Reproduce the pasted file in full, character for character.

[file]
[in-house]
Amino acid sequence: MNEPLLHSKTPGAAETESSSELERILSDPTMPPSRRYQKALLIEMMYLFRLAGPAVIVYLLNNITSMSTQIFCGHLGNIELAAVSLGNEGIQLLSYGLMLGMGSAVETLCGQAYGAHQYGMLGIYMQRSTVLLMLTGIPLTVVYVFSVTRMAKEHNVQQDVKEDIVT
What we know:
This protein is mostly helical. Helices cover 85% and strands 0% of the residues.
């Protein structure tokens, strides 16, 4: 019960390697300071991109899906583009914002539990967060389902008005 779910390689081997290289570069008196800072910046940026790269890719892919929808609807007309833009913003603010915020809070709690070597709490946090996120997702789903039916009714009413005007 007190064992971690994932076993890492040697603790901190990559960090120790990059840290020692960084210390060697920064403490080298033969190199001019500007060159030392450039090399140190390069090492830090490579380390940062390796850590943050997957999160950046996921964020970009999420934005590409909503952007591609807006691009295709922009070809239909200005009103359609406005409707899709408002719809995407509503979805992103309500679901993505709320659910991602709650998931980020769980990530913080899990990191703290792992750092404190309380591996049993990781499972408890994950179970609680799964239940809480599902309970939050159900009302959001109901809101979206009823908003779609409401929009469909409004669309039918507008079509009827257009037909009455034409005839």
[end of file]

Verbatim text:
[in-house]
Amino acid sequence: MNEPLLHSKTPGAAETESSSELERILSDPTMPPSRRYQKALLIEMMYLFRLAGPAVIVYLLNNITSMSTQIFCGHLGNIELAAVSLGNEGIQLLSYGLMLGMGSAVETLCGQAYGAHQYGMLGIYMQRSTVLLMLTGIPLTVVYVFSVTRMAKEHNVQQDVKEDIVT
What we know:
This protein is mostly helical. Helices cover 85% and strands 0% of the residues.
């Protein structure tokens, strides 16, 4: 019960390697300071991109899906583009914002539990967060389902008005 779910390689081997290289570069008196800072910046940026790269890719892919929808609807007309833009913003603010915020809070709690070597709490946090996120997702789903039916009714009413005007 007190064992971690994932076993890492040697603790901190990559960090120790990059840290020692960084210390060697920064403490080298033969190199001019500007060159030392450039090399140190390069090492830090490579380390940062390796850590943050997957999160950046996921964020970009999420934005590409909503952007591609807006691009295709922009070809239909200005009103359609406005409707899709408002719809995407509503979805992103309500679901993505709320659910991602709650998931980020769980990530913080899990990191703290792992750092404190309380591996049993990781499972408890994950179970609680799964239940809480599902309970939050159900009302959001109901809101979206009823908003779609409401929009469909409004669309039918507008079509009827257009037909009455034409005839």